Results: Both the stent and lumen diameters were significantly dilated 12 months after CAS (p <0.001). There were no significant stent-type-related differences in the stent expansion rate. In the symptomatic stenosis group, this expansion rate was significantly higher than in the asymptomatic stenosis group (p = 0.02). With respect to the presence or absence of a high signal intensity on time of flight (TOF) magnetic resonance (MR) images, the stent expansion rate was significantly higher in the high signal intensity group (p = 0.006). In patients with a plaque/sternocleidomastoid muscle signal intensity ratio of ≥1.50 on plaque images, it was significantly higher than in those with a value of <1.50 (p = 0.006). However, there were no significant differences in the lumen expansion rate among the groups.
Conclusion: Both the stent and vascular lumen were dilated 12 months after CAS. Plaque fragility influenced the stent expansion rate; however, there were no significant factor-related differences in the vascular lumen expansion rate.
Objective: Craniofacial injury with fracture may lead to pseudoaneurysm formation in the external carotid artery system, causing massive epistaxis. In this study, we report a patient with intermittent epistaxis related to a traumatic aneurysm following right blow-out fracture, and review the literature with respect to the pathogenesis and treatment of traumatic aneurysms.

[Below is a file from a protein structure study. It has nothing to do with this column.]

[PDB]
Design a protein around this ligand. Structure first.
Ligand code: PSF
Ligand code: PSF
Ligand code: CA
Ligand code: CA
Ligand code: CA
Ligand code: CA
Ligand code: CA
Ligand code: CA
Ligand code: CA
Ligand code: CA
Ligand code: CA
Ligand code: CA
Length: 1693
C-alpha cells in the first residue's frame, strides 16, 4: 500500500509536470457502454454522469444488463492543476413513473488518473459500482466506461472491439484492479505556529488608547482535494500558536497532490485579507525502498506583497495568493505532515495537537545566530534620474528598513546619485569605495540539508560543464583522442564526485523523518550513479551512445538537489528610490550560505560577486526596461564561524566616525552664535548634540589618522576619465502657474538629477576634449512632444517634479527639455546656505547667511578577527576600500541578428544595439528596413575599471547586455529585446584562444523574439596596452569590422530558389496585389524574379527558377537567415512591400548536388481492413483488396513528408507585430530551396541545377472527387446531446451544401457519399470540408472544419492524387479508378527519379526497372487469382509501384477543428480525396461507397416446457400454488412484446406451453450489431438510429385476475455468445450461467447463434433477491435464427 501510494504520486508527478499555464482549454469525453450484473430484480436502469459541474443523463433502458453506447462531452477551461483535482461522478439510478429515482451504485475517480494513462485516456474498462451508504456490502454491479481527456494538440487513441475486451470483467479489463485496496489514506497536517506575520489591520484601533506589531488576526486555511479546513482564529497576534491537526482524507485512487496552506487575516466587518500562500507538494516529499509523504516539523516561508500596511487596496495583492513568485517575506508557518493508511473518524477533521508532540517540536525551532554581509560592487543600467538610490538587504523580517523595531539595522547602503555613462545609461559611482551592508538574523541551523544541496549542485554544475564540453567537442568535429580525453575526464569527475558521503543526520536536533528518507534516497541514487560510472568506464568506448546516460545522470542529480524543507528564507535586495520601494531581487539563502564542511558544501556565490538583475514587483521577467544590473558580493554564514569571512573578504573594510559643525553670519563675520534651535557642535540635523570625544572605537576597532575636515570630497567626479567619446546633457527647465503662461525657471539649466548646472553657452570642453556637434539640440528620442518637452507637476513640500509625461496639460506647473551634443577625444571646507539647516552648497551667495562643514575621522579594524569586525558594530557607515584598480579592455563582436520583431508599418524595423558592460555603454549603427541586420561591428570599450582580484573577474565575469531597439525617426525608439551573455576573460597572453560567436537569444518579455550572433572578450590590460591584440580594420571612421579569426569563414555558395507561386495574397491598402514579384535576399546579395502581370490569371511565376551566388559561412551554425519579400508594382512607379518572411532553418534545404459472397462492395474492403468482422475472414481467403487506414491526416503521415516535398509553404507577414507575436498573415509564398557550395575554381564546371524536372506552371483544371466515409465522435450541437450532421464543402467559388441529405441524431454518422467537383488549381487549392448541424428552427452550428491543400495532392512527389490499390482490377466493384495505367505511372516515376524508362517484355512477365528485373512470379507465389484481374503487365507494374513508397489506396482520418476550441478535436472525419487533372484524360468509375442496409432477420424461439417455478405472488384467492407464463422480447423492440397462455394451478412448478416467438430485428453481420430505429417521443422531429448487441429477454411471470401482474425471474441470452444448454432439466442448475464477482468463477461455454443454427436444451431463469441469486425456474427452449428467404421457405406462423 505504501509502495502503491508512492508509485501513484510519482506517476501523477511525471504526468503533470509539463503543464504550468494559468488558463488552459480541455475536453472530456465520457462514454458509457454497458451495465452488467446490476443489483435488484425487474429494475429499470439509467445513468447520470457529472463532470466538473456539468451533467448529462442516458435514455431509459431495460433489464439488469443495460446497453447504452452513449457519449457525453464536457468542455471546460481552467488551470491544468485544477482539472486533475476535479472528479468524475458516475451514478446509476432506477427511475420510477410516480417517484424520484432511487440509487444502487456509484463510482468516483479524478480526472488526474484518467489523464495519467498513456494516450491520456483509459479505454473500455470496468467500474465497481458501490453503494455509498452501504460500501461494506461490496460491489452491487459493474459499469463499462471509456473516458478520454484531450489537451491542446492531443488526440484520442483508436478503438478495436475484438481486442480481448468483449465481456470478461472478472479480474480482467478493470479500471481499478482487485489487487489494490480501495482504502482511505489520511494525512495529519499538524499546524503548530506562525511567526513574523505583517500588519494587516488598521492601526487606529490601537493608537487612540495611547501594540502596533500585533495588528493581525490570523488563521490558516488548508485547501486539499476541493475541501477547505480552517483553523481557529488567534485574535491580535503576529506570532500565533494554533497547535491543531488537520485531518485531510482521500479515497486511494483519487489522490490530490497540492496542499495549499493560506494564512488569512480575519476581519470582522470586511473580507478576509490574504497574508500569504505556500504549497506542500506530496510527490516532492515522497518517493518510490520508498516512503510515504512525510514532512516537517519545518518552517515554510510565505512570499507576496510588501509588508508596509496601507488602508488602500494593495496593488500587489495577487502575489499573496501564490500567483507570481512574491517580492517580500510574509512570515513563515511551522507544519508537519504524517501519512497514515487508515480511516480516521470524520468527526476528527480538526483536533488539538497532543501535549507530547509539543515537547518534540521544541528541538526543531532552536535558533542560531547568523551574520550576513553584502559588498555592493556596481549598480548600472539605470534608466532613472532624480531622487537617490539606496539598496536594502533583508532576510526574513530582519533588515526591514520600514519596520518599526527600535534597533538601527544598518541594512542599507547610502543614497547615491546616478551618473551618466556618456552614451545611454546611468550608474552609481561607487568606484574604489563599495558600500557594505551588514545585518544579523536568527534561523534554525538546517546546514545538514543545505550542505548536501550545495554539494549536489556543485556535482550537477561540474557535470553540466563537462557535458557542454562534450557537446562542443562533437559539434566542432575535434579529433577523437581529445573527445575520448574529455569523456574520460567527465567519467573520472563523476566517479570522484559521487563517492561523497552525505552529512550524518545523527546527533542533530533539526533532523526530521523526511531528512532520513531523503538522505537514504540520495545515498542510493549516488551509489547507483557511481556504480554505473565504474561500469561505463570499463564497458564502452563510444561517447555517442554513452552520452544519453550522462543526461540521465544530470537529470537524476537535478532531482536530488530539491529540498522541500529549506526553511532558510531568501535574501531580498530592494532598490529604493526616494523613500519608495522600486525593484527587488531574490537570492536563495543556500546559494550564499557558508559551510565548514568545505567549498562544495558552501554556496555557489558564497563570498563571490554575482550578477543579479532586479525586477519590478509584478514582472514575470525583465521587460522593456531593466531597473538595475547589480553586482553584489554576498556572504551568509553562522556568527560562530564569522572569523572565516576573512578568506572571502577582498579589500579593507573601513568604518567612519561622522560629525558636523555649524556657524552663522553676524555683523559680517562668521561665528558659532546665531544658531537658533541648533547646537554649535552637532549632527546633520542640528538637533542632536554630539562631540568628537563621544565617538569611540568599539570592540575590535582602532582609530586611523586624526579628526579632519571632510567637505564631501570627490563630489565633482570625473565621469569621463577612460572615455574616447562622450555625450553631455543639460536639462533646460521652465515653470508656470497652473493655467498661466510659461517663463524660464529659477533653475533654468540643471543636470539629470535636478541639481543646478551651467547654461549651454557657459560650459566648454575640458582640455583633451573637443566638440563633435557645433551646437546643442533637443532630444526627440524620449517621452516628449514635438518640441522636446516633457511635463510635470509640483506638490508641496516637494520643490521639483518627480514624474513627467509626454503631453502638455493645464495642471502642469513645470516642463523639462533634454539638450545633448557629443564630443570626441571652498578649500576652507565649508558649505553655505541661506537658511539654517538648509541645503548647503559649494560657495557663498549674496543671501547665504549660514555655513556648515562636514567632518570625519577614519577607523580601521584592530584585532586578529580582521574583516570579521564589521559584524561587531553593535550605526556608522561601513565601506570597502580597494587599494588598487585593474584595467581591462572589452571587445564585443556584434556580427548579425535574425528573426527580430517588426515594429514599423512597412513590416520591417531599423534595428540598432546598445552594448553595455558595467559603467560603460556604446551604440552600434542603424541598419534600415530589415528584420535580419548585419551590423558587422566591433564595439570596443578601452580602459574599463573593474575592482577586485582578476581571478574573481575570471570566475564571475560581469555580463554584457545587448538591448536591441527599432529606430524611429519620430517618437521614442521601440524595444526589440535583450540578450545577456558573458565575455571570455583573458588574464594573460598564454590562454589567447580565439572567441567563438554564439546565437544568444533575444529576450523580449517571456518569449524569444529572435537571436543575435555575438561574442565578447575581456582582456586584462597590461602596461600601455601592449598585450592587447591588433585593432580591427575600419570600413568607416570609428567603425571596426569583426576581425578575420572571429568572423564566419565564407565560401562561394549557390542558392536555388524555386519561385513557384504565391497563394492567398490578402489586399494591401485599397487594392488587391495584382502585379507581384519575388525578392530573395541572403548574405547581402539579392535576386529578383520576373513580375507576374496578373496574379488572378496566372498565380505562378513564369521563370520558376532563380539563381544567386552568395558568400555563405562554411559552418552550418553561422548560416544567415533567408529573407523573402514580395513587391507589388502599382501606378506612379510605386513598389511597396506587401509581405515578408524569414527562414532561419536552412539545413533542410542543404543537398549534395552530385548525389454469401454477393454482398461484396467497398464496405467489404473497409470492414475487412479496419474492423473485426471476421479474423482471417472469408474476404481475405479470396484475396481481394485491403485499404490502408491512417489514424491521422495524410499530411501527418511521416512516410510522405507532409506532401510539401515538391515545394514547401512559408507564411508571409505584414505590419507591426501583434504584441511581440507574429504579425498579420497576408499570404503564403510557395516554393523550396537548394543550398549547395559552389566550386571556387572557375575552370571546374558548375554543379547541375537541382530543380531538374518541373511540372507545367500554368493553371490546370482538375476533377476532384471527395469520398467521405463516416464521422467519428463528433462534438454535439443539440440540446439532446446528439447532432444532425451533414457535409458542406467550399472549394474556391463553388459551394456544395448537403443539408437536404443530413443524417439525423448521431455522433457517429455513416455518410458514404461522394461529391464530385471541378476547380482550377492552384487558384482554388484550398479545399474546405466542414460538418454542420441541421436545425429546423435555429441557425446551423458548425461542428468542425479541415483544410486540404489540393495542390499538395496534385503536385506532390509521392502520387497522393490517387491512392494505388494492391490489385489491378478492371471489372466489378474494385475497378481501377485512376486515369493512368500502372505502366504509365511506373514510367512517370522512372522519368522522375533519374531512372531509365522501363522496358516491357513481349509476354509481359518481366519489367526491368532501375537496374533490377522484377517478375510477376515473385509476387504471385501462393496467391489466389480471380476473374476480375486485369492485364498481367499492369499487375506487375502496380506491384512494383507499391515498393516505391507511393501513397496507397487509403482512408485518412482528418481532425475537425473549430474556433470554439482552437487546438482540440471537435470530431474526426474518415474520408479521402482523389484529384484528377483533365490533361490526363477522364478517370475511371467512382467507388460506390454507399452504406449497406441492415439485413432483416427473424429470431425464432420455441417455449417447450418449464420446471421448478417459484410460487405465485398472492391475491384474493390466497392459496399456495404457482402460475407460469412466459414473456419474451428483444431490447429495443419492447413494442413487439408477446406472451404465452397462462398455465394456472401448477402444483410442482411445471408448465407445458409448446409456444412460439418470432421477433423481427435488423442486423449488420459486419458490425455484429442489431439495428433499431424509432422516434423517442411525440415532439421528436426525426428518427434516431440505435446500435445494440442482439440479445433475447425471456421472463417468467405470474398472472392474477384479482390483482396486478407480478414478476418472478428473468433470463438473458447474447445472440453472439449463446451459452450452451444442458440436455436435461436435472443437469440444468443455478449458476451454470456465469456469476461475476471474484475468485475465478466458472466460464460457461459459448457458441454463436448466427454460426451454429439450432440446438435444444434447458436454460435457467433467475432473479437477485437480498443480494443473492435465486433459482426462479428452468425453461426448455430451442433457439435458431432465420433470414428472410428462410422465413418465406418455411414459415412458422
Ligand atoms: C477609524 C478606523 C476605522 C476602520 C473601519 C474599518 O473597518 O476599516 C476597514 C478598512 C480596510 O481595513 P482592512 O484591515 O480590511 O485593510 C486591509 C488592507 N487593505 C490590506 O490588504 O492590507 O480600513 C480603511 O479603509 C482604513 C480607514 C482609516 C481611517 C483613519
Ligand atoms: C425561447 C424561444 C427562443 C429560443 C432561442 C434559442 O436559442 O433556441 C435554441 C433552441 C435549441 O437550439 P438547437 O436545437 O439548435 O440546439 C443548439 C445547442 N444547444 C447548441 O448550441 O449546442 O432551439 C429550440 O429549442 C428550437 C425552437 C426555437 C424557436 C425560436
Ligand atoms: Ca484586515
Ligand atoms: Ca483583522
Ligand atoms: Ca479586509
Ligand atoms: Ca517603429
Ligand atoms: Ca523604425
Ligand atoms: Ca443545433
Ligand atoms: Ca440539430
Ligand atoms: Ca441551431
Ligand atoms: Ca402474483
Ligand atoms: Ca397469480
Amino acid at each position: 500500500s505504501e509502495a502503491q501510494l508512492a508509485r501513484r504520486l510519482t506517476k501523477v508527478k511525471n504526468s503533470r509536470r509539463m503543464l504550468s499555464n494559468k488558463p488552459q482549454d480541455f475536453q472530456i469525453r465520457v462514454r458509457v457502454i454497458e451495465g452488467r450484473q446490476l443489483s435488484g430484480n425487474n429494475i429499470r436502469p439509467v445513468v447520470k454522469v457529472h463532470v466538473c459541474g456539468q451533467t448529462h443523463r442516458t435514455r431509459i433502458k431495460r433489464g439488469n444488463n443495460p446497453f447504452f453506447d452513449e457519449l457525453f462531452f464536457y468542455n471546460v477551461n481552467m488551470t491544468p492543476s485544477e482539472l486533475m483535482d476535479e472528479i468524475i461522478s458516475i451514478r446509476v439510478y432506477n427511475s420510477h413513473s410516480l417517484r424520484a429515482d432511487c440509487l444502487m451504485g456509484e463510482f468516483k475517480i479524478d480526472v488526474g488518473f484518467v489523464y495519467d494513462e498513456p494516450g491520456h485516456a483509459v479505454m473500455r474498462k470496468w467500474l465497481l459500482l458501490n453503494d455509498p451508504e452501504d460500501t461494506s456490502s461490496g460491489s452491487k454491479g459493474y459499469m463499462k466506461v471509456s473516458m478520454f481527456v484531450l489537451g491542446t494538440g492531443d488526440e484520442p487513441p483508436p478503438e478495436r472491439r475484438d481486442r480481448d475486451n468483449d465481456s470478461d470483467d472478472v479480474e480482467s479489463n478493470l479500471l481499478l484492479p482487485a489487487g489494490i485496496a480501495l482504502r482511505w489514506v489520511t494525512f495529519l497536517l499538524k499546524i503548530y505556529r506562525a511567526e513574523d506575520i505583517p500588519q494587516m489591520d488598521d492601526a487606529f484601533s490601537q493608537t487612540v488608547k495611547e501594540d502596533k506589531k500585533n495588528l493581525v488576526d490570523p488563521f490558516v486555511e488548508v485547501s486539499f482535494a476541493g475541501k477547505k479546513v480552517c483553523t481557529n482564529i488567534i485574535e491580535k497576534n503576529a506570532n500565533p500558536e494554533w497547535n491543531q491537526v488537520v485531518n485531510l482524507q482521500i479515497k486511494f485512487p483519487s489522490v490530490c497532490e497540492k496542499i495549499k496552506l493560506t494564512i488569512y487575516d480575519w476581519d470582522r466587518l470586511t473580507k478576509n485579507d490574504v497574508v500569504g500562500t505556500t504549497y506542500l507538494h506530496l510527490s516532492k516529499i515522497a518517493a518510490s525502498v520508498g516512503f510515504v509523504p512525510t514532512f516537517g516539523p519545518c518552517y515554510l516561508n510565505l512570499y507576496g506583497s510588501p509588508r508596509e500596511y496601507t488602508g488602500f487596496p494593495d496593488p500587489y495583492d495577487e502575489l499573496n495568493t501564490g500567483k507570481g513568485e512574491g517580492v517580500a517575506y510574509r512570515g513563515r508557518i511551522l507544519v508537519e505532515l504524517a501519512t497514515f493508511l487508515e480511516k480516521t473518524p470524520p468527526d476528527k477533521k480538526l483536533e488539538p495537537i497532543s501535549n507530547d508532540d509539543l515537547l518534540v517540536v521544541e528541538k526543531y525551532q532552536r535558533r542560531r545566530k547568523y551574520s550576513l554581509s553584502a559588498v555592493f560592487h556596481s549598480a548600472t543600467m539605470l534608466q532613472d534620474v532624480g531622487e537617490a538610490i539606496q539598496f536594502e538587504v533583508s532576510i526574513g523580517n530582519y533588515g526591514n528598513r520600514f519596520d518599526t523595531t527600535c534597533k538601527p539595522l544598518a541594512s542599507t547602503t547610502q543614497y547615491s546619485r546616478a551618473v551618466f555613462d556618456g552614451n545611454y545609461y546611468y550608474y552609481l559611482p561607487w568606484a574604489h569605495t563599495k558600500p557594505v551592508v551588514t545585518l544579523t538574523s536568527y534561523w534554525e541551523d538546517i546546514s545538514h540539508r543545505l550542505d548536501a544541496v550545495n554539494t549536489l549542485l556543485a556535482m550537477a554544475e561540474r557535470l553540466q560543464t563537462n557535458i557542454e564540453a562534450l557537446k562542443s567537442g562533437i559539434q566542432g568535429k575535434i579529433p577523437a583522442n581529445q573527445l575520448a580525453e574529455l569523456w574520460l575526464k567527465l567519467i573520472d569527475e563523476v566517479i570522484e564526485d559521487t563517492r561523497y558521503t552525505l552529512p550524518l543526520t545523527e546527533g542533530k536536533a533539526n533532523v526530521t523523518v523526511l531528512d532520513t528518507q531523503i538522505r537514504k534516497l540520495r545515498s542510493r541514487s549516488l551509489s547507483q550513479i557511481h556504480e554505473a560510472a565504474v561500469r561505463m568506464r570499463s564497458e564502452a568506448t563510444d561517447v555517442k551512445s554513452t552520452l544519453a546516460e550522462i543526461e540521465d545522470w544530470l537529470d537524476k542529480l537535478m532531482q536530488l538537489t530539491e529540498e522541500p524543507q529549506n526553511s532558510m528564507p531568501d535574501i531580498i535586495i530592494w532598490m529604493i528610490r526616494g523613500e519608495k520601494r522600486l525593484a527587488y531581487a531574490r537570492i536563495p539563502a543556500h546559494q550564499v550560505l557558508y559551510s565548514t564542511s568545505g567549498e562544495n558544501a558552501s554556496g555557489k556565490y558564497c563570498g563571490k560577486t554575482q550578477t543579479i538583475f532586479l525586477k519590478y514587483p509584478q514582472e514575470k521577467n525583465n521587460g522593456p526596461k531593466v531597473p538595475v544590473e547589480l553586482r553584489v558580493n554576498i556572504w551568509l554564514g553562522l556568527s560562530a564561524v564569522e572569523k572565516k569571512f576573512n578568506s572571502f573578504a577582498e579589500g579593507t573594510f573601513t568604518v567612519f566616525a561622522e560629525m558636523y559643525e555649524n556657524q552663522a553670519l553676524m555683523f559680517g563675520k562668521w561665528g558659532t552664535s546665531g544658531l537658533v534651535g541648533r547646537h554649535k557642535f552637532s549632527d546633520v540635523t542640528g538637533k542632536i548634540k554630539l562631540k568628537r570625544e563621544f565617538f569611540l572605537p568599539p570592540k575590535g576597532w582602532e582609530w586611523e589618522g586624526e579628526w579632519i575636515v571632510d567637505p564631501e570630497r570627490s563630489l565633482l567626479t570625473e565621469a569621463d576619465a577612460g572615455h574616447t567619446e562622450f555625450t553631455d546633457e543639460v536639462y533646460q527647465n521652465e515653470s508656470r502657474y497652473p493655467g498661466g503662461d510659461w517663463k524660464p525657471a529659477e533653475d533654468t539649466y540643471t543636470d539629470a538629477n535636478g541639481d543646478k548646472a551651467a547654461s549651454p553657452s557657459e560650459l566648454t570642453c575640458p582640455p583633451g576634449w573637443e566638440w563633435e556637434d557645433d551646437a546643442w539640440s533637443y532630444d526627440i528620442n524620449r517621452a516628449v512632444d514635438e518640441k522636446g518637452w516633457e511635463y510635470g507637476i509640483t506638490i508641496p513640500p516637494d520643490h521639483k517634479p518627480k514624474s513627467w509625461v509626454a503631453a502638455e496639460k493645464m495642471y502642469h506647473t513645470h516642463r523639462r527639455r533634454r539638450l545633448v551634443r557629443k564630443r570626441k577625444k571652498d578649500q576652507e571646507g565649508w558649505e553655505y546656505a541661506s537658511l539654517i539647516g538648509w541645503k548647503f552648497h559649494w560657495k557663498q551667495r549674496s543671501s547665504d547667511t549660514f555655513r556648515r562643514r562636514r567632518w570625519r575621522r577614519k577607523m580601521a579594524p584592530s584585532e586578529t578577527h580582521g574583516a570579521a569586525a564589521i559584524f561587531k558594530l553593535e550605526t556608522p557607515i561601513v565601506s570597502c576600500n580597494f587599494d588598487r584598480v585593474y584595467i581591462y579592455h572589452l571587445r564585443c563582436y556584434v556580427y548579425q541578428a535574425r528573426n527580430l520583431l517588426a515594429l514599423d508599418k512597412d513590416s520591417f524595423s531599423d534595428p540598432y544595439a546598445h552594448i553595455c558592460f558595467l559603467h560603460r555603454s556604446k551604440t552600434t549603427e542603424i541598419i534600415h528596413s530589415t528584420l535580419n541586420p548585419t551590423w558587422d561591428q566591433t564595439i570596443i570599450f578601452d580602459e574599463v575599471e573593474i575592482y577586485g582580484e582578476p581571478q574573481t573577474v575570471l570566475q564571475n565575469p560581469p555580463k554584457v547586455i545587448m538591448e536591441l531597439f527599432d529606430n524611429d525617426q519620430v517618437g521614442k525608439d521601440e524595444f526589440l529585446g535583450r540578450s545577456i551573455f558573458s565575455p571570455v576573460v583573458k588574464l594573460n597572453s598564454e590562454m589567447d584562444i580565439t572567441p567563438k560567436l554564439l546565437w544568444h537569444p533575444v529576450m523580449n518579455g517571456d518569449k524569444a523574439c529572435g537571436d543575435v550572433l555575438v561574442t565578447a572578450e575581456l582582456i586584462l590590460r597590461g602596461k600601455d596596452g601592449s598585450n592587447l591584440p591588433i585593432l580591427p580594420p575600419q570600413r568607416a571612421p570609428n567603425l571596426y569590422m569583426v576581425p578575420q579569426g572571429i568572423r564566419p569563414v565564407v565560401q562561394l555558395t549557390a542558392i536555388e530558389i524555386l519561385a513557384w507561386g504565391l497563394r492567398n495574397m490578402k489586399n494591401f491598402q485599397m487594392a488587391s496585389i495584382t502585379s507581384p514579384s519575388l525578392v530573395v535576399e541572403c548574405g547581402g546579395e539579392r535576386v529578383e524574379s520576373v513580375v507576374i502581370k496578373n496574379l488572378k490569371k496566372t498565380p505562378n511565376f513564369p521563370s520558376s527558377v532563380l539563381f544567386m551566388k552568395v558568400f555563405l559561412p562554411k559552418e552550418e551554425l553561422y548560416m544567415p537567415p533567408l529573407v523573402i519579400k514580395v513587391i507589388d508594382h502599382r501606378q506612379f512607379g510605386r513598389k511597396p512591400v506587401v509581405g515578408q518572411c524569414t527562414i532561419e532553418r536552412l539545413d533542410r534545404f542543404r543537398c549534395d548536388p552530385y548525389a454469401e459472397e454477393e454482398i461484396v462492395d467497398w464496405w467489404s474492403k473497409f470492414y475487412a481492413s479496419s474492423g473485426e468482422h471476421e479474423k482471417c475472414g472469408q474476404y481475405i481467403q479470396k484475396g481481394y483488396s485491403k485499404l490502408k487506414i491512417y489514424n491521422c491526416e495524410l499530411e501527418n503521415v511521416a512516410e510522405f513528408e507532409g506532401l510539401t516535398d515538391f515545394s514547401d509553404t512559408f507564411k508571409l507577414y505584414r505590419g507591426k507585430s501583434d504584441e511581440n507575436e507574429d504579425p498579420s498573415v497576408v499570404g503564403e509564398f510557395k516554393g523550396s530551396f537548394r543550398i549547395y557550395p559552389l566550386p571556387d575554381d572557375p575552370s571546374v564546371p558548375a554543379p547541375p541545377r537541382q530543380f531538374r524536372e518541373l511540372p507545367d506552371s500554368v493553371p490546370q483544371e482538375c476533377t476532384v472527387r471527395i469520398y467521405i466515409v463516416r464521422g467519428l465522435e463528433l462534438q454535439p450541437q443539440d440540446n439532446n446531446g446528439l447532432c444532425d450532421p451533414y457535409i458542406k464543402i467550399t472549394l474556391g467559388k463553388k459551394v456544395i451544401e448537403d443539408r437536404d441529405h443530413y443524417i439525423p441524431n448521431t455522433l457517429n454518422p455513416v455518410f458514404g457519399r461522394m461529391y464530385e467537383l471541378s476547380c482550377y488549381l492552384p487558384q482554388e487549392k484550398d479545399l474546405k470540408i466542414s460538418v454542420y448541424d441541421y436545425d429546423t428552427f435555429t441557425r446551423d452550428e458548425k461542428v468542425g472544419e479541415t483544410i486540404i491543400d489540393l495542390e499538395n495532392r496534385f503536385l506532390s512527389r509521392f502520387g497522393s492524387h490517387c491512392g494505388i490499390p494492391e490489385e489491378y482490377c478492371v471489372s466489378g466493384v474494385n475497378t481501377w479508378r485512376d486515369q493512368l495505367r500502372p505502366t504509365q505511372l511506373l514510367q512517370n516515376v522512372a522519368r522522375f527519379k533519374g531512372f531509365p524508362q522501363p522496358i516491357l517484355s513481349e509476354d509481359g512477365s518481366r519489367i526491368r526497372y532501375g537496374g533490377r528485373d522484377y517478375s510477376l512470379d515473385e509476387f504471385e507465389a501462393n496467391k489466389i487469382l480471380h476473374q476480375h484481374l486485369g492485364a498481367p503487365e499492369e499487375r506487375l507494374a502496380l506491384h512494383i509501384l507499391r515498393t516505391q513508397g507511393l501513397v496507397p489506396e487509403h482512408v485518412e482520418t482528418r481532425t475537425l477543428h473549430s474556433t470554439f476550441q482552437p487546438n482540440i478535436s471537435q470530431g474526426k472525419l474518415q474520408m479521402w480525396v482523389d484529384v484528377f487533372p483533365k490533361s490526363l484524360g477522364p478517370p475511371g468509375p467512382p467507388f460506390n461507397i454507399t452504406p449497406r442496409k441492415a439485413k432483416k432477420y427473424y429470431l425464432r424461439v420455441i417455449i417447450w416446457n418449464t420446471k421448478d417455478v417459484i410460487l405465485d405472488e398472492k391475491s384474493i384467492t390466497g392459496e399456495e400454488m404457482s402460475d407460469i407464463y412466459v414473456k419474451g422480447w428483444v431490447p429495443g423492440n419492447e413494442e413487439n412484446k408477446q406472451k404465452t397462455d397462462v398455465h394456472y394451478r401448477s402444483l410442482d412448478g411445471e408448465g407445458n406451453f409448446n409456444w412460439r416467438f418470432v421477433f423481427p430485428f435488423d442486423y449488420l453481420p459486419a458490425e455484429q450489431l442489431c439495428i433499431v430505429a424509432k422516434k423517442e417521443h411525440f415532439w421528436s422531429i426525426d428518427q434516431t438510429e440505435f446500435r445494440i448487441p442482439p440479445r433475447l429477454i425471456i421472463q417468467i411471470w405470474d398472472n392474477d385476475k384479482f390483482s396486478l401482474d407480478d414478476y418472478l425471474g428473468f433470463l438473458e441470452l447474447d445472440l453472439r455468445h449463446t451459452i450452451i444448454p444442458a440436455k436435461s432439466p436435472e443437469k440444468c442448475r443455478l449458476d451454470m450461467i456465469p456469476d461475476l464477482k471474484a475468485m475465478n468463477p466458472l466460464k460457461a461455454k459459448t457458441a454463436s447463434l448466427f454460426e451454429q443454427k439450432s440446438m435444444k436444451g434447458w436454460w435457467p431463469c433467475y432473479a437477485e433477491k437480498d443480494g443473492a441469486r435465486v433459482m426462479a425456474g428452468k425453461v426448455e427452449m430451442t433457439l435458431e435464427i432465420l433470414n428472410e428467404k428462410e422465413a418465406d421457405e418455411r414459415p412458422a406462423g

Case Presentation: The patient is a 91-year-old male. He had undergone conservative treatment for right blow-out fracture because he fell down while walking. Subsequently, he had received medication with an iron preparation to control intermittent massive epistaxis. Six months after the head injury, he consulted the Department of Otorhinolaryngology with persistent epistaxis. In the right nasal cavity, a pulsatile mass was detected, suggesting a vascular lesion. He was referred to our department. Neurologically, there were no abnormalities, but marked anemia was noted, and blood transfusion was performed. Head CT revealed a mass occupying the right maxillary sinus. The mass was partially enhanced on contrast-enhanced CT. Angiography showed a pseudoaneurysm, measuring 8 × 10 × 15 mm, originating from a branch of the right internal maxillary artery. Subsequently, transarterial embolization was performed. A microcatheter was inserted to reach the aneurysm, and it was embolized using a liquid embolic material. After surgery, there was no epistaxis, and an improvement of anemia was achieved.